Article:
How to Retire on 200k Inheritance
January 29, 2021Retirement Wealth
What is the best retirement plan you can undergo after receiving an inheritance of $200,000 and what are the possible outcomes you will face?
The best way to retire on a $200,000 inheritance is by investing in stocks and hiring a reputable financial advisor to help you with this. Other options are leaving it in a high yielding savings account and maxing out your IRA.
Receiving an inheritance from deceased relatives might be a blessing, however, if you are not careful with management, it can turn into a curse; people who suddenly come into a relatively huge amount of money sometimes encounter similar pitfalls as those who win the lottery.
The average retiree plans to leave their heirs an average of $177,000 but many of those beneficiaries don't know how to best leverage it and perhaps even pass it on to another generation. More than half of every inheritor experiences little or no change, some, even a decline in finances after receiving their inheritance.
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Is Leaving the Inheritance in the Bank Enough for Retirement?
But how can it be that people are reporting a dip in net worth after receiving a windfall in the same way that lottery winners or high paid athletes, find themselves in more financial trouble?
After striking it big, inheritors often overestimate the true value of what they have received, this results in wasteful spending on fancy cars, vacations, and other luxuries instead of putting that money to good use and spending a small portion.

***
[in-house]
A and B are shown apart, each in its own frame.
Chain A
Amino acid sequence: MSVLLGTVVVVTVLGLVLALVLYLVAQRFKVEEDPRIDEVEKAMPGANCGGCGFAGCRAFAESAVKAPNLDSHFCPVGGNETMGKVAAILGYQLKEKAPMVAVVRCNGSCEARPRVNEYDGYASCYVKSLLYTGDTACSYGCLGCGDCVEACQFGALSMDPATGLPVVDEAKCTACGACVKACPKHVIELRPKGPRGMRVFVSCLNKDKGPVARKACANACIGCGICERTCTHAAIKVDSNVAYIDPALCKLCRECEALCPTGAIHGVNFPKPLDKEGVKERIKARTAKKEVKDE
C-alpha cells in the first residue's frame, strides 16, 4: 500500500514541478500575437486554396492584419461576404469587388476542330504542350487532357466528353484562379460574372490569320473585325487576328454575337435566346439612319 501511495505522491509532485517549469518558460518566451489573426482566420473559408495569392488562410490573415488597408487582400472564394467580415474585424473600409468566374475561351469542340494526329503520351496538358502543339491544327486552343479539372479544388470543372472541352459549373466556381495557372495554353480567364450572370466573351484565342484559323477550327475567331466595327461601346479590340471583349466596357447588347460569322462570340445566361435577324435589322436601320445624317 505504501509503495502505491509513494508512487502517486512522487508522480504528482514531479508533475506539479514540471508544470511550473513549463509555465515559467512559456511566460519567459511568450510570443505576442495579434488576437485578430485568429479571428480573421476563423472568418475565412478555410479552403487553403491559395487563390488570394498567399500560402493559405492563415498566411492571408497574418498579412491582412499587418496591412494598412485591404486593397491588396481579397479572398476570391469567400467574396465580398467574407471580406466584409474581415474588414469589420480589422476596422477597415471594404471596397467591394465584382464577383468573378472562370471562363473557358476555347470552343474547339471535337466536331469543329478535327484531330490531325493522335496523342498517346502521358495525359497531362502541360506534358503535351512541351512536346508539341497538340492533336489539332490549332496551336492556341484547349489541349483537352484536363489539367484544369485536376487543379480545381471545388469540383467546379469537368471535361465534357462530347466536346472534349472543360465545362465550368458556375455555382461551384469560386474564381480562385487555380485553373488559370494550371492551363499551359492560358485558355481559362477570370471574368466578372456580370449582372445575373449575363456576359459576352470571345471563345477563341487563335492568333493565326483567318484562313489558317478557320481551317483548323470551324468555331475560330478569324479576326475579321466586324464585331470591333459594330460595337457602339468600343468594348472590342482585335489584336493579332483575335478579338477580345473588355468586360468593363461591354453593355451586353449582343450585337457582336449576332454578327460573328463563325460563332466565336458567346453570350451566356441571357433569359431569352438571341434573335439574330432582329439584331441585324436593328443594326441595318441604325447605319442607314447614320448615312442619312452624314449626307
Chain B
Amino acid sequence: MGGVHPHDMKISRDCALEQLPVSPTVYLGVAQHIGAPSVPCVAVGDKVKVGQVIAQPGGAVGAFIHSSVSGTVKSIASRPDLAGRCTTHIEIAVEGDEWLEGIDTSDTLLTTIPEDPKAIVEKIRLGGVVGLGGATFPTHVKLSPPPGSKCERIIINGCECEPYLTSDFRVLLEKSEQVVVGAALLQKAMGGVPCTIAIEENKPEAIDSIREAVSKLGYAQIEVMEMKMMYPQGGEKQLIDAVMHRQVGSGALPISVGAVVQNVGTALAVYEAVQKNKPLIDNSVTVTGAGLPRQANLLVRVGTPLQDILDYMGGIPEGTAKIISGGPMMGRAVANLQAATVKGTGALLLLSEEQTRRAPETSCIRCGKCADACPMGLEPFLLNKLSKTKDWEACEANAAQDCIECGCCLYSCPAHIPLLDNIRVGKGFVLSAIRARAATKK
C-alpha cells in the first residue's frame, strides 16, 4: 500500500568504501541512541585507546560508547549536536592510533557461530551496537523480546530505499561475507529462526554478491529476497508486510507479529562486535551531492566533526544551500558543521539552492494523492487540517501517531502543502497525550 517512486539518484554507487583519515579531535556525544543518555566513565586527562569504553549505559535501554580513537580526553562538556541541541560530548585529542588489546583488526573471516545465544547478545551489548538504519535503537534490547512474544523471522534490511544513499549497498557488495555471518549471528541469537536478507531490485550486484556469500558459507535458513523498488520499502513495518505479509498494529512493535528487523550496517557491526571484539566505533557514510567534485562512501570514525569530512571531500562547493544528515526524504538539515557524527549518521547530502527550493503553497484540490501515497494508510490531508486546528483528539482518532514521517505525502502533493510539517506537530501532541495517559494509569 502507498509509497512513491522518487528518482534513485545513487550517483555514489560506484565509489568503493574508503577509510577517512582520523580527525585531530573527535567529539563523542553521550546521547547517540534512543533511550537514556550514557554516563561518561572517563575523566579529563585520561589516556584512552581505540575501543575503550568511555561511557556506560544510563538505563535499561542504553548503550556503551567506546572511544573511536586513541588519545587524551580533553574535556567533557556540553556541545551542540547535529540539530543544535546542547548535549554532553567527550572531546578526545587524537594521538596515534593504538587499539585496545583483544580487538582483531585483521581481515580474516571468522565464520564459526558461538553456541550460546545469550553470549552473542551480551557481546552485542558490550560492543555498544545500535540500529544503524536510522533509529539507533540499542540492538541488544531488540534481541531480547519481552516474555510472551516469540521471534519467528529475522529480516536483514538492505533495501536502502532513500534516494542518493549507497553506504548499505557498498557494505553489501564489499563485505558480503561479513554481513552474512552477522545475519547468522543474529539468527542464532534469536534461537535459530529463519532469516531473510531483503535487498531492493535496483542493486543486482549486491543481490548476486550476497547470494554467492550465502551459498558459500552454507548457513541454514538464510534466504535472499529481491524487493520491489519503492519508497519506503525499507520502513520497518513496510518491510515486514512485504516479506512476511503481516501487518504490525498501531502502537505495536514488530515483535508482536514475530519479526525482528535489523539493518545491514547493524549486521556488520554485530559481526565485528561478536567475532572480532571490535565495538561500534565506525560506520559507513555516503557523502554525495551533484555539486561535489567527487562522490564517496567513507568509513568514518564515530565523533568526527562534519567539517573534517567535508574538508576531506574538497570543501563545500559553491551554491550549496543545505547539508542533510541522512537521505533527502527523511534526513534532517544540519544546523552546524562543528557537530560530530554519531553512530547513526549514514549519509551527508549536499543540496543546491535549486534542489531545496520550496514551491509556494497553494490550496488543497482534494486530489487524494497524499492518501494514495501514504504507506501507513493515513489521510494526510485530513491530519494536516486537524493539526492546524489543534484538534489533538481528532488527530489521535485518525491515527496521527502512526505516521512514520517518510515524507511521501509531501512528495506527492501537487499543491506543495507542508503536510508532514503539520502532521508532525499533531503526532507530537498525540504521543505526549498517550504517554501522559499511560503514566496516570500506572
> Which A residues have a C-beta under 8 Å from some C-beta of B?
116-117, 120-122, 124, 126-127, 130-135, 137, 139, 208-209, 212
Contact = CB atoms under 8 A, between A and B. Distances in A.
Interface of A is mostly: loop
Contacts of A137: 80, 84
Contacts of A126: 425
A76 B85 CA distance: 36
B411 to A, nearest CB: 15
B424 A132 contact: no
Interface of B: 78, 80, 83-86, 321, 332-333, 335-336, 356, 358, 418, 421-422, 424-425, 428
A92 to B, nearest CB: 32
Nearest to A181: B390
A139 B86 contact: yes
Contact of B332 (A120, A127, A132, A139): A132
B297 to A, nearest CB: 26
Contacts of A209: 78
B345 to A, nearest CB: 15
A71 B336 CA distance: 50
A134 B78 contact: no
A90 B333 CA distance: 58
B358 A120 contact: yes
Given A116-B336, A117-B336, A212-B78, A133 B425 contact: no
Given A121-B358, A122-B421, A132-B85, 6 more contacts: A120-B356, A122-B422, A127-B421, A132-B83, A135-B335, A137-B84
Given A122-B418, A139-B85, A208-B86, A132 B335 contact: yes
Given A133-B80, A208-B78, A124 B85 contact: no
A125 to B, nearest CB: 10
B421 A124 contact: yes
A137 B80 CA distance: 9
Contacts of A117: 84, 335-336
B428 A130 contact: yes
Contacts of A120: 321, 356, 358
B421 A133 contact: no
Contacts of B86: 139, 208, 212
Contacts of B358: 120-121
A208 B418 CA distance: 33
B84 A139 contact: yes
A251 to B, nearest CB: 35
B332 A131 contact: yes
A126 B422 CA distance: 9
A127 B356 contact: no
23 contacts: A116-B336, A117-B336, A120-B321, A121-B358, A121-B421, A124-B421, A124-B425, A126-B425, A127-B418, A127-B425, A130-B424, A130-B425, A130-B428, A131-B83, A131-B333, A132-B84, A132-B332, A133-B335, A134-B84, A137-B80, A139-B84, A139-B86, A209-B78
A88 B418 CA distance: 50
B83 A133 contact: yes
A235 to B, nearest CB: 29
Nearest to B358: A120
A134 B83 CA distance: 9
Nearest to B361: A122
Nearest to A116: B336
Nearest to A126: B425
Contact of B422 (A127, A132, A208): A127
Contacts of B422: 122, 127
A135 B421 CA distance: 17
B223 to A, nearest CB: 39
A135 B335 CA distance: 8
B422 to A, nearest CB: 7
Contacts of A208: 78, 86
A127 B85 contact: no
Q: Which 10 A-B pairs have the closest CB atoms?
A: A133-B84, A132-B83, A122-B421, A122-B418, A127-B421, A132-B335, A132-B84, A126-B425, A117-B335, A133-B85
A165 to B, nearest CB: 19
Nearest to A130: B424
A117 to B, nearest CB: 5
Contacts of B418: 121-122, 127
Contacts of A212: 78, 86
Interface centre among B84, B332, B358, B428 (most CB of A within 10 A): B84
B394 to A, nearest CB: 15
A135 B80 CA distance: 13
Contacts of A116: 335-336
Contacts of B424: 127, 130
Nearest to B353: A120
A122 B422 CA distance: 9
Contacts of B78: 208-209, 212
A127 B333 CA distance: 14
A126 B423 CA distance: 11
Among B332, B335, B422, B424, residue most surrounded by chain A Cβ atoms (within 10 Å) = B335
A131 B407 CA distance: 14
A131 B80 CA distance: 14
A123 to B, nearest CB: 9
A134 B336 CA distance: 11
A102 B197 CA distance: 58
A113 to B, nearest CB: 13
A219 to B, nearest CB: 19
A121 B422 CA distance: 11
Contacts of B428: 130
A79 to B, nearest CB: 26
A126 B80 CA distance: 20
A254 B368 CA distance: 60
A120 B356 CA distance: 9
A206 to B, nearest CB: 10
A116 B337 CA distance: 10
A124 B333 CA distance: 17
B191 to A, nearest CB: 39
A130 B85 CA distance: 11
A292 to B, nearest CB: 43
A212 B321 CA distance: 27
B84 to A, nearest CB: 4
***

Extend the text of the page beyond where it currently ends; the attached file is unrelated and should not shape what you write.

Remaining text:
An inheritance could potentially change your life forever, so you must properly allocate that capital.
Although you can get tempted to race out and purchase a new automobile or plan your next vacation, do not make any large purchases until after you have a plan in order
Upon receiving a large amount of money, it is hard to gauge how far it will go and how long it will last. For many, it is often much more than what they are used to handling.
Furthermore, if you have just lost a family member, that death can make it even more difficult to come up with sound decisions. You can take the option of keeping the money in the bank, preferably a savings account, aimed at a short period of time.
Letting the funds stay in the bank for some period of time will ensure you utilize that cash well since building because an emergency fund is one of the critical components of a stable financial future.
Having 3 to 6 months of expenditures and a bank savings account that will only be used for emergencies will prevent you from going into debt when unexpected expenses arise.
Is Investing an Inheritance Enough for Retirement?
Once you deposit money into an investment account, taking it out before the date you have originally planned is the last resort. This is because withdrawing from investment in retirement accounts can result in penalties, taxes, and losses from selling assets at the wrong time. Keeping cash reserves will allow you to sleep better at night and keep stress levels to a minimum.
If and when your income becomes reduced, consider whether or not it is worth paying off debt. With mortgage rates at record lows, many homeowners advocate investing any money that would be spent paying down their mortgage.
Earning an average rate of return in the stock market of 10% is higher than any interest rate a bank is charging for a home loan. However, the risk entailed with investing that money needs to be weighed against the guaranteed return you would receive by paying off debt.